Sunday, June 20, 2010

Keeping Teens Reading

I'm answering another one of your questions today, and this one is from Mina (who is a future English teacher...yay!). She asks:

How do you get your students interested in learning about literature if they don't appear to care at all about what you're doing?

First of all, this is a crazy question because I've never met a student who wasn't interested in what I was teaching! Okay, I'm laughing about as hard as you are...we all know teenagers. There's three rules that I always try to follow in the classroom.

1) I make sure that the stuff I teach is what I love. I've taught some pretty awful stuff in the beginning (boo to The Red Badge of Courage and The Iliad). I didn't like the material and my students could tell that I didn't like it, so why should they bothering caring? I now try to pick literature that I love (such as The Crucible, Of Mice and Men, To Kill a Mockingbird, Lord of the Flies). I have to teach these books 4-6 times a year, so I've learned how important it is to get excited and want to talk about the books. When I'm into a book, often my students will be too.

2) I get to know my students as individuals. I know it sounds simple, but there are teachers out there who just come to teach and don't really care about connecting to or learning about their students. I spend a lot of time at the start of the year discussing important issues, asking my students questions about what they're interested in and their lives. This lets my students know that I want them to do well. When my students know that I'm cheering for them and want them to do well, they seem to try harder in the classroom.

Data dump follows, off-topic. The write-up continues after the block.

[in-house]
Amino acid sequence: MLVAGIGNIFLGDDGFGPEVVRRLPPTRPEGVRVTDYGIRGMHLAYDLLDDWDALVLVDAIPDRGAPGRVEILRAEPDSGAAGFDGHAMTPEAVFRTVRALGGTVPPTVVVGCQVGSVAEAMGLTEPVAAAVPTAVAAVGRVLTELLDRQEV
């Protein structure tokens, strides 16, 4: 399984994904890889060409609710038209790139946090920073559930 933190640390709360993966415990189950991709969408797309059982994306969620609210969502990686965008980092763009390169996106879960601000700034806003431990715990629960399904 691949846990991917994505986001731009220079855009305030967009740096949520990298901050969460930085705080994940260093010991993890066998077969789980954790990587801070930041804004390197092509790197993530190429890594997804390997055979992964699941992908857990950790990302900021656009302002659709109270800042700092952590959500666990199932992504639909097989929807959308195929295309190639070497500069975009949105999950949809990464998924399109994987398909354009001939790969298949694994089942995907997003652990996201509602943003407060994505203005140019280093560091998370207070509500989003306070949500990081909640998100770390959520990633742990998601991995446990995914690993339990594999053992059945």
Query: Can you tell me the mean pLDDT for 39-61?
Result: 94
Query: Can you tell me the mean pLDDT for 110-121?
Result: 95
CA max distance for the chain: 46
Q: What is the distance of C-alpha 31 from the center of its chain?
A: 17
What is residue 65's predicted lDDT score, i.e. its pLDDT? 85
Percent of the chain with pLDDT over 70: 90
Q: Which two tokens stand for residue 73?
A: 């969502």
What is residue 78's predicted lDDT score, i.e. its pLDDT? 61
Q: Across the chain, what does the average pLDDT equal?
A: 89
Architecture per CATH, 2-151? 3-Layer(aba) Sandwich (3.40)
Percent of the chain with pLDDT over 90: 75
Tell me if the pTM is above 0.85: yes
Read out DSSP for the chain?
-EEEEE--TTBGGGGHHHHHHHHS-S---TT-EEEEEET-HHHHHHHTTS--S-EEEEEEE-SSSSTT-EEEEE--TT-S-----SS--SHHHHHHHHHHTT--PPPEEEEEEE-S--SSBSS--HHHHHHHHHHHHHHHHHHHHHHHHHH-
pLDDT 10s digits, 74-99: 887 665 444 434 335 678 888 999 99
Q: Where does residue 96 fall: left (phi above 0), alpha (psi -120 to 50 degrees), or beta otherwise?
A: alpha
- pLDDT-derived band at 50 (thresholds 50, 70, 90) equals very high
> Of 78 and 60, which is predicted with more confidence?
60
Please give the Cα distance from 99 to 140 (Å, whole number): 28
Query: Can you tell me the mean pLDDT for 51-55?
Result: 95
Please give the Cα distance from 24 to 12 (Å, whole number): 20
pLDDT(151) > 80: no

3) I try to connect everything we read to my students' lives. I think it's so important for my students to be able to relate to what we're reading and see pieces of themselves in the literature. This not only helps my students understand the relevancy in what they read but also allows them to place themselves in the characters' positions and gain empathy towards now situations.

Whew! I sound like I'm at a job interview. What about you? What do you think hooks a reader to "the classics?" What makes him/her want to keep reading books that they may feel removed from?


Matthew Rush said...

Hmm, great question Rachele!

With my own daughter I don't try to force her to read the classics, because I feel that she has to come to them on her own (and I'm just happy that she reads so much). She has read some and hated them, like: The Old Man and the Sea, but loved others, like: To Kill a Mockingbird. Both were assigned by teachers so she "had" to read them, but luckily she still enjoyed Harper Lee.

The only "classic" I've told her she had to read was TLOTR, which she loved, but she's a fantasy nerd just like her dad.

Kristan said...

Yeah, RED BADGE OF COURAGE is the suck. ILIAD is kinda cool, though...

You sound like an AWESOME teacher, btw.

Anonymous said...

I'm only a teacher at Saturday school, but these are really great rules to follow. :)

Mina Carlisle said...

Aw, I feel so honored that you answered my questions with such great answers. I am going to have to use all of these suggestions as best I can when I start my student teaching because last year, I had a lot of disinterested kids, so hopefully this year I can rock their socks off about literature!

Lynn Mitchell said...

I'm an old woman now *gasp* but I remember hating classics while in school. Then I had a teacher who did a whole section on Oedipus, Oedipus Rex, Antigone...I dreaded that class until the teacher started talking about mystery, curses, betrayal, incest, cheating, stealing, deceiving, and sex...well, I was hooked. Why? Because she identified all those issues in the literature and showed a bunch of high school kids how relevant it was to our own lives.

Okie said...

Great post with some great advice. Nice